As we witness David Cameron’s latest ‘flip flops’ on key policy areas of health and social care and crime last week, and hear Rowan Williams’ strong comments about the impact of having no clear leadership direction and underpinning values in the current Coalition government, a striking image sprang to mind . Try Googling the words ‘confused picture’ and it’s one of the top four images that pop up. It’s a signpost with the words ‘Confused, Lost, Perplexed, Disoriented, Unsure and Bewildered’ on its posts – all pointing in different directions. It was used recently by several different employees in a
A strong learning culture is increasingly important to all organisations. If something changes, (think iPad) or something goes wrong (think BP), adapting is what helps organisations survive.
So how do you turn mistakes or ideas into real organisational learning?
Understand your current culture: Leaders may think they are encouraging learning, but get a group of individuals in a room, from different levels, and ask them how it really is. Good questions might be: “What do you do if you have a good idea?”, “What stops you reporting things that go wrong?” “What usually happens when you suggest something to your manager?”
A video round-up of the latest information, views and news from the world of internal Communications, from Simply TV.
The May edition features our very own Virginia Merritt interviewed on our recent work with a highly-publicised global safety campaign. Just click here to view (and select the slide index tab to jump straight to Virginia’s interview).
This video also features:
Aldo Liguori, Communications Advisor to Sony Ericsson, discussing crisis communication in the aftermath of the recent earthquake in Japan;
VMA Group’s Charlotte Butler in an exclusive interview on industry trends found in the recruiting firm’s soon-to-be-published 2011 Professional Development in Internal Communication survey; and
Chicago-based consultant and seminar leader, Jim
I’m renewing my campaign on keeping things simple. It’s long been one of our hallmarks as consultants to help our clients make complex things simple. Perhaps it’s in the nature of management to proliferate frameworks and systems and measurement. It sometimes takes an outside view to help organisations back to the essence.
Adrian Furnham, Professor of Psychology at University College London, wrote recently in The Sunday Times of the perverse consequences of performance management systems. They’re meant to systematise how things are done and to encourage the less good performers to do better. Instead, with their complex rules and targets and
ABCD (resist the urge to hum along with the Jackson Five) is a well established framework and tool that comes out of positive psychology – it can be used to build optimism, positivity and resilience. As a manager coaching people through tough and uncertain times it’s worth remembering the ABCD of how to get people to think more positively – you can apply it in individual conversations and in a team discussion.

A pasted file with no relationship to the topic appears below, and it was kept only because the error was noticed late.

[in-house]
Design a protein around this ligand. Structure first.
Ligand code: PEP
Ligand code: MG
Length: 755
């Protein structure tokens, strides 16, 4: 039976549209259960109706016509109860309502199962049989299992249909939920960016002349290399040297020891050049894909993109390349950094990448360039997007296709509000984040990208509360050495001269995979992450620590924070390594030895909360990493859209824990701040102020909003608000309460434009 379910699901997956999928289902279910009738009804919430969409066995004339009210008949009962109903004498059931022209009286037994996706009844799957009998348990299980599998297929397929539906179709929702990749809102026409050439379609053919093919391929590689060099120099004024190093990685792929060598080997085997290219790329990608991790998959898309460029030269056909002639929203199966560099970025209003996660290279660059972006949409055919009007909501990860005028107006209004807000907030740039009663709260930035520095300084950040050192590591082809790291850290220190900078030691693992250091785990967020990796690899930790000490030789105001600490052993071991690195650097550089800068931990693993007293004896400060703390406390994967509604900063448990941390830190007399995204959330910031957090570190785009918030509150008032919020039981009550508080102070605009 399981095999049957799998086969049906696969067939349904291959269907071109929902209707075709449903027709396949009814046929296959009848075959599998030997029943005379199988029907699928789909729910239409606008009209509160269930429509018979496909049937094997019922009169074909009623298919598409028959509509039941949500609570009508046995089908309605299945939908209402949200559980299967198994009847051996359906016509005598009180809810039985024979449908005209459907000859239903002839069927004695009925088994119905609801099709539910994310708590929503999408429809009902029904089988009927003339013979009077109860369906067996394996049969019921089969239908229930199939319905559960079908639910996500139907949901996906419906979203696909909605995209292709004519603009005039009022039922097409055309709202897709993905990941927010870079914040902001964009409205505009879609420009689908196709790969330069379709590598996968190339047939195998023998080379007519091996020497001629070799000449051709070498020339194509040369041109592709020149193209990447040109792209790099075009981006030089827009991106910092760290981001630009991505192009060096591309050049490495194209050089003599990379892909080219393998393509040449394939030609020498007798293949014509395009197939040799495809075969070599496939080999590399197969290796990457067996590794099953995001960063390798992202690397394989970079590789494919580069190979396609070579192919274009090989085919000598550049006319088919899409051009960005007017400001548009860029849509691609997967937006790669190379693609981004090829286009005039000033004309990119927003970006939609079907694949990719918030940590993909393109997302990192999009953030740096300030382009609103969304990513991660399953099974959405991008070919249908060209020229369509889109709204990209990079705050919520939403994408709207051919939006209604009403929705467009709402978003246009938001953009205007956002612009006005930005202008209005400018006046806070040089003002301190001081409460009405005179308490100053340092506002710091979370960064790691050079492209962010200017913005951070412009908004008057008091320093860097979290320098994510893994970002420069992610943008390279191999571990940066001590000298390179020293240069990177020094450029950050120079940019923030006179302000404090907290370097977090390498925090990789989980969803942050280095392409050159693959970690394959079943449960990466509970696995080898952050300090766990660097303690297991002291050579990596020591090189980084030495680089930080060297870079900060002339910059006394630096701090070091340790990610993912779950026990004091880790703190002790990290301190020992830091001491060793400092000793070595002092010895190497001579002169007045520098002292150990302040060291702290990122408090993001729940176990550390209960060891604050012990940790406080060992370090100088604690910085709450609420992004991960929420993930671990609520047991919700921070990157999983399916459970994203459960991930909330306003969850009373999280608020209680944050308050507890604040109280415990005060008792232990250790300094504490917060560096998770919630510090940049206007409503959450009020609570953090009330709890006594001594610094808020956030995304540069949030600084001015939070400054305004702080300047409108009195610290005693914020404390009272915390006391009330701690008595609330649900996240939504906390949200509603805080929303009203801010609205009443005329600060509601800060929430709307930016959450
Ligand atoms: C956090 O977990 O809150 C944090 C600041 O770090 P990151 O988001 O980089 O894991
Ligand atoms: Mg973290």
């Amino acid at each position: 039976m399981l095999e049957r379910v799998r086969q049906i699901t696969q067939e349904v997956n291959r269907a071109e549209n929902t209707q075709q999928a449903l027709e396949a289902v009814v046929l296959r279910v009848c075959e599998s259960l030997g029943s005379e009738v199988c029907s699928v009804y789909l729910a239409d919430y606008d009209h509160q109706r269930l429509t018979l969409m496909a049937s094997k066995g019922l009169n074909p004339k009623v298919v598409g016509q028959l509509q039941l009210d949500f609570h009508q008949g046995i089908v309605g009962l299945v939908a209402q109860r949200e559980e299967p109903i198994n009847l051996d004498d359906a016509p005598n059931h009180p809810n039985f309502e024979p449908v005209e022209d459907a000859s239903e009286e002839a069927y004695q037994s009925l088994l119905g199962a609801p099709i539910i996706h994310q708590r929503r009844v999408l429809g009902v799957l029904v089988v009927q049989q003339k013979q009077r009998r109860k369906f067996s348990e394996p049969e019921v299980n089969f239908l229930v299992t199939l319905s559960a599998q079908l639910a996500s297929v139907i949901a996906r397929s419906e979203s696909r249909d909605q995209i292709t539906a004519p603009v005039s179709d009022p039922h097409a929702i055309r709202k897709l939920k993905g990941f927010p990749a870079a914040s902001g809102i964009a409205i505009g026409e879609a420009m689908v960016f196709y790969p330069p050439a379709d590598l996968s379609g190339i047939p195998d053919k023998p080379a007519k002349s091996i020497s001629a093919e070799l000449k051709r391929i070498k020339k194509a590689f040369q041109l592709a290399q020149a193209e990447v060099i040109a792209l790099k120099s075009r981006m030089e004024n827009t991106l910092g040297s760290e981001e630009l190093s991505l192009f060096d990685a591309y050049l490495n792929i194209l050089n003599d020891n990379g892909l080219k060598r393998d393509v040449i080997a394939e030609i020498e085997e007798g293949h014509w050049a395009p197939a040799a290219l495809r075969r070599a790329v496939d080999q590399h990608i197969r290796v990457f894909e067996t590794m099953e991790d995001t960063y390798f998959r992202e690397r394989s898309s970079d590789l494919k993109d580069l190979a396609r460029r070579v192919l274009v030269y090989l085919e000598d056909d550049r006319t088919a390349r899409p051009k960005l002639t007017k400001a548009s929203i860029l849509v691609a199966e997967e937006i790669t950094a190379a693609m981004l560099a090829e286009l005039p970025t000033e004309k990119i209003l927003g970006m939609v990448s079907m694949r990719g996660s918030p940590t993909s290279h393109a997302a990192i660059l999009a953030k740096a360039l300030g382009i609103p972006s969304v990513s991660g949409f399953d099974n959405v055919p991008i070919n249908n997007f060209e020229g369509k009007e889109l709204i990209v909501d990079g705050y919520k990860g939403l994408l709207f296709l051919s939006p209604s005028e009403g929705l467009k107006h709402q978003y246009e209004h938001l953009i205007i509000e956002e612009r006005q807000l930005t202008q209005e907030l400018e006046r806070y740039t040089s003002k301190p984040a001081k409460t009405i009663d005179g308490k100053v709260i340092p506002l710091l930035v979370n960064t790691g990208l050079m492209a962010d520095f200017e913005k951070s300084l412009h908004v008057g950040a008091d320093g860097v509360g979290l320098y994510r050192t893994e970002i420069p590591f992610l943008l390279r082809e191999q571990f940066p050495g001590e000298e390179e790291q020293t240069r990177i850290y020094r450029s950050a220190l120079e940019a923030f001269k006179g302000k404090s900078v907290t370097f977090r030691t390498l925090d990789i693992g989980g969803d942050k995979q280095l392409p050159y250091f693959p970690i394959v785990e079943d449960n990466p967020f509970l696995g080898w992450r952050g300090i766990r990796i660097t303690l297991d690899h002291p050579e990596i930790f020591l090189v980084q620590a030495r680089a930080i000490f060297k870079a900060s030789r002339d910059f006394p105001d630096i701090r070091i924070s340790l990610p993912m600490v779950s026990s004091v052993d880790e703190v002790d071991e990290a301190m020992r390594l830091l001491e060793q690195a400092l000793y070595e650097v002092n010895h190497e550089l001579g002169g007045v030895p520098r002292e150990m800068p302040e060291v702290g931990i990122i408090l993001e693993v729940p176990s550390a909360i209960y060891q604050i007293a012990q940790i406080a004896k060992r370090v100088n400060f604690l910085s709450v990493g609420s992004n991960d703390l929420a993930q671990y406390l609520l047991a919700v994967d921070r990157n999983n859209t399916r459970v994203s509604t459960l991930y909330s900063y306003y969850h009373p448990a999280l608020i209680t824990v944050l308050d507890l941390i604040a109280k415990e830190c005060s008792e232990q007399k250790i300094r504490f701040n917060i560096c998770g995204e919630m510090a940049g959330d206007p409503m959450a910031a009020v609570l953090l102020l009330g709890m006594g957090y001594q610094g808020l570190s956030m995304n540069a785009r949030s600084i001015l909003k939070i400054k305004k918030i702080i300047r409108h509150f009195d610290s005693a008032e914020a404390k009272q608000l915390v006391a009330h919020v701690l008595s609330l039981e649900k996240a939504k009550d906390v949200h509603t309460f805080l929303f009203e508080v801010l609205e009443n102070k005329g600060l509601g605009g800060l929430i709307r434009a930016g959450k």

Adversity – we encounter it and react to it
Belief – our reactions create and are conditioned by a set of beliefs
Consequences – the beliefs are the cause of what
How often do you read a business book and come away completely satisfied? Like a perfect five course meal with three wines. In this case my metaphorical five course meal was in a restaurant that has been open since 1981 and I’ve never visited, so all the more surprise that it catered perfectly to my tastes which are not, as you may know, entirely mainstream…Enough of the analogy – I have just been through “Gary Yukl’s Leadership in Organizations (7th ed)” published by Pearson.
Yukl has been researching and writing on leadership for 40 years and this textbook for business
The findings of the Lord Davies Review, published recently, with its recommendations on how to increase the number of women on the boards of listed companies in the UK establishes the following as key development needs:
1. Companies should treat women’s leadership as a dynamic and strategic opportunity rather than an equal opportunities issue.
2. Companies should consider raising their board’s and their nominating committee’s understanding of and ability to address unconscious bias.
3. Board placement researchers and interviewers should understand and adopt processes to eliminate unconscious bias.
4. Boards should provide senior women with influential board or executive level mentors either from within the organisation or
7 ways to bring meaningful engagement to your business
It’s a big ask. Chief executives are suddenly recognising that ‘effective engagement of our employees’ is the key to increased productivity, to profitability, to the successful implementation of strategy, the retention of key talent and thus the key to competitive advantage. They instinctively know it’s important to ensure employees want to follow through on delivering the strategic intent, yet there is much confusion about what it is, how you create it, whose job it is to make it happen and how you measure it.
In reality it’s about getting people involved and inspired about something important and then contracting with each